Genetic interaction between placental growth factor and vascular endothelial growth factor A in psoriasis

H. S. Young, I. D. Kamaly‐asl, P. M. Laws, P. Pemberton, C. E. M. Griffiths

Research output: Contribution to journalArticlepeer-review

Abstract

Background Expression of vascular endothelial growth factor A (VEGFA) is increased in chronic inflammatory skin diseases, including psoriasis, and loci for two VEGFA single nucleotide polymorphisms are associated with early‐onset psoriasis (presenting before the age of 40 years). Studies have suggested that expression of placenta growth factor (PGF) is also upregulated in cutaneous inflammation and that VEGFA‐mediated angiogenesis may be dependent on the simultaneous presence of PGF within the skin. Aim To elucidate the biological importance of PGF in psoriasis. Methods We investigated whether two commonly occurring PGF polymorphisms were associated with early‐onset psoriasis and the genetic interaction between VEGFA and PGF in psoriasis. Results We observed a significant (P = 0.04) association between rs2268614 TT and rs2268615 AA genotypes of PGF and early‐onset psoriasis. In addition, genetic complement, comprising the PGF rs2268615 AA genotype and the VEGFA −460 (rs833061) T allele, was significantly associated with the development of early‐onset psoriasis (P < 0.03). We identified that the VEGFA genotype influences PGF expression (P = 0.001) and that mean plasma levels of PGF are lower in patients with severe psoriasis compared with those with mild–moderate disease (P = 0.04). Conclusion Our observed genetic interaction between PGF and VEGFA appears relevant to psoriasis, a disease with an angiogenic basis, and may influence development of an antiangiogenic approach to treatment.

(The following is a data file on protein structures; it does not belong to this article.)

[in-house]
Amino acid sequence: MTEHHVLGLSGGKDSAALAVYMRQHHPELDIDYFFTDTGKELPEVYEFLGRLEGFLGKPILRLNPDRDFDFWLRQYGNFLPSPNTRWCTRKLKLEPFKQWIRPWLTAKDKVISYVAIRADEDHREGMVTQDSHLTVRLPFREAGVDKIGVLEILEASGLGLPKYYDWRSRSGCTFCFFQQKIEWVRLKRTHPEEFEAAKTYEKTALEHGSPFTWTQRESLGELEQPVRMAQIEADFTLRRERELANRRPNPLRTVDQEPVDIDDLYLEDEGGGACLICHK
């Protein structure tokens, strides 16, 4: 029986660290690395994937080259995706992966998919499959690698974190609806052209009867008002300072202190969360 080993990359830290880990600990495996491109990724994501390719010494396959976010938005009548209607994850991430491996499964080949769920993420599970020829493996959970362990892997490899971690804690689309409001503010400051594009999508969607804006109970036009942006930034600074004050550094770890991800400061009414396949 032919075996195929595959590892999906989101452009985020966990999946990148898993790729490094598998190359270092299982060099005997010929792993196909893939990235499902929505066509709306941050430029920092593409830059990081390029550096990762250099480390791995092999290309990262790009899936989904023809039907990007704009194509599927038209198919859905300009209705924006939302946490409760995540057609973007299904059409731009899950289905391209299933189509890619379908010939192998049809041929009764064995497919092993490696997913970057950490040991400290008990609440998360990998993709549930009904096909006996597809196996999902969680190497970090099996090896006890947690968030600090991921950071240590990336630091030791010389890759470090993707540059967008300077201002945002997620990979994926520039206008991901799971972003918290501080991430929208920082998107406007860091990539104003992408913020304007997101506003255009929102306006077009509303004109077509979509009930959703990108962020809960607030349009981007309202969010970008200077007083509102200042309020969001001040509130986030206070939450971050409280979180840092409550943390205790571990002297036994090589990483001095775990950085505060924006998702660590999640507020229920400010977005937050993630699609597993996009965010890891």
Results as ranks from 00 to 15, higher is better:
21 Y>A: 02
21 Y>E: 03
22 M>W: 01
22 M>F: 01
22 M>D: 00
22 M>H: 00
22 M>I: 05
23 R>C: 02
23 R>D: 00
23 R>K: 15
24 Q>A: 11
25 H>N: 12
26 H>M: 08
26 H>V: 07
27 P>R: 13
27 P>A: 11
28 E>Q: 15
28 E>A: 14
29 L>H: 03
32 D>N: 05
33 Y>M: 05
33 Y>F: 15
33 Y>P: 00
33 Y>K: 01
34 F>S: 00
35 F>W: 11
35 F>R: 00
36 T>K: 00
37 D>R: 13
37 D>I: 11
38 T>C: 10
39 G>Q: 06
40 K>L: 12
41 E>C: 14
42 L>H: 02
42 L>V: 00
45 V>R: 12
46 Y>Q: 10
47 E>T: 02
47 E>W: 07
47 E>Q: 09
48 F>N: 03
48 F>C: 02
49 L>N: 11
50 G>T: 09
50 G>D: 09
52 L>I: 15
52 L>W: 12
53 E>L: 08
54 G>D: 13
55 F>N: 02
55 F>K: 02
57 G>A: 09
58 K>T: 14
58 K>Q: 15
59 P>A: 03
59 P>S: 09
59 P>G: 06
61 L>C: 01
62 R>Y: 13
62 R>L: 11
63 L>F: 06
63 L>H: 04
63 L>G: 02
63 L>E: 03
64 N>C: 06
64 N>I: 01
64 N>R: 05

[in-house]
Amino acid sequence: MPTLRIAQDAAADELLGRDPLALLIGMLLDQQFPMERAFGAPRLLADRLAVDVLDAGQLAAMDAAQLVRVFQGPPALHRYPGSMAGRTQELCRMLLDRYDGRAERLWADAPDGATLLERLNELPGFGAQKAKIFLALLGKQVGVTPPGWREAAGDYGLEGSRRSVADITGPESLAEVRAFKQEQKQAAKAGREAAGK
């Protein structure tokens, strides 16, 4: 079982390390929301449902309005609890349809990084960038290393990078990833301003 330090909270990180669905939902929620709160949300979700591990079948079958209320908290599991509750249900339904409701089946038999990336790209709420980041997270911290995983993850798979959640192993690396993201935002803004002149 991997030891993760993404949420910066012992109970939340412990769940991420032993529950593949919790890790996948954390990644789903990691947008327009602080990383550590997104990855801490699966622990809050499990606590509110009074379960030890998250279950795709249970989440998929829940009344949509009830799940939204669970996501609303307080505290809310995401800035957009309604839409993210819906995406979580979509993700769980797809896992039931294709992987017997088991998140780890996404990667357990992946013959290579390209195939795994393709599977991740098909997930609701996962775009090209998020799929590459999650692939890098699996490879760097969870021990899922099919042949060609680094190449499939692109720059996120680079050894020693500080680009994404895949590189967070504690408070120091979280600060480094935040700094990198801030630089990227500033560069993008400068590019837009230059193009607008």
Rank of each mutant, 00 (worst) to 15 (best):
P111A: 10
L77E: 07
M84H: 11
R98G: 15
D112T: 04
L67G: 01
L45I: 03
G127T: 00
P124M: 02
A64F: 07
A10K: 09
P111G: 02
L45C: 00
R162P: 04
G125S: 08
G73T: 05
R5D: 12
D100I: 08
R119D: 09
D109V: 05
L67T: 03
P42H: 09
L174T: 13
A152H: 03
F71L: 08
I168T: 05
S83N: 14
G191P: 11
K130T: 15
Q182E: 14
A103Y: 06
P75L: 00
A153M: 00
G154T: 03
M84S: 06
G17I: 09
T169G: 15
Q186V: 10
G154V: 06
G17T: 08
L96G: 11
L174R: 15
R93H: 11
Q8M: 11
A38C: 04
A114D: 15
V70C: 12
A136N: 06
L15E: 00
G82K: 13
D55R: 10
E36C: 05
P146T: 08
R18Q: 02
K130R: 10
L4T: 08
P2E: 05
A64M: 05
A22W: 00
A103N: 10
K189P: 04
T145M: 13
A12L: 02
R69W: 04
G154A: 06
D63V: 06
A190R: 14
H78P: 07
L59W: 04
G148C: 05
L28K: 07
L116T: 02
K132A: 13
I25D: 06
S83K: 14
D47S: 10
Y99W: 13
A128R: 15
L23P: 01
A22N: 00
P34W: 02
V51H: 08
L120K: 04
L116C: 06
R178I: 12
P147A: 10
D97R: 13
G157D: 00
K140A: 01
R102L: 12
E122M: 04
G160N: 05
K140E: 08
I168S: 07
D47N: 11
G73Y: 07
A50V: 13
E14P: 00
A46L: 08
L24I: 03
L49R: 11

Original languageEnglish
JournalClinical and Experimental Dermatology
Early online date23 Sept 2019
DOIs
Publication statusE-pub ahead of print - 23 Sept 2019

Fingerprint

Dive into the research topics of 'Genetic interaction between placental growth factor and vascular endothelial growth factor A in psoriasis'. Together they form a unique fingerprint.

Cite this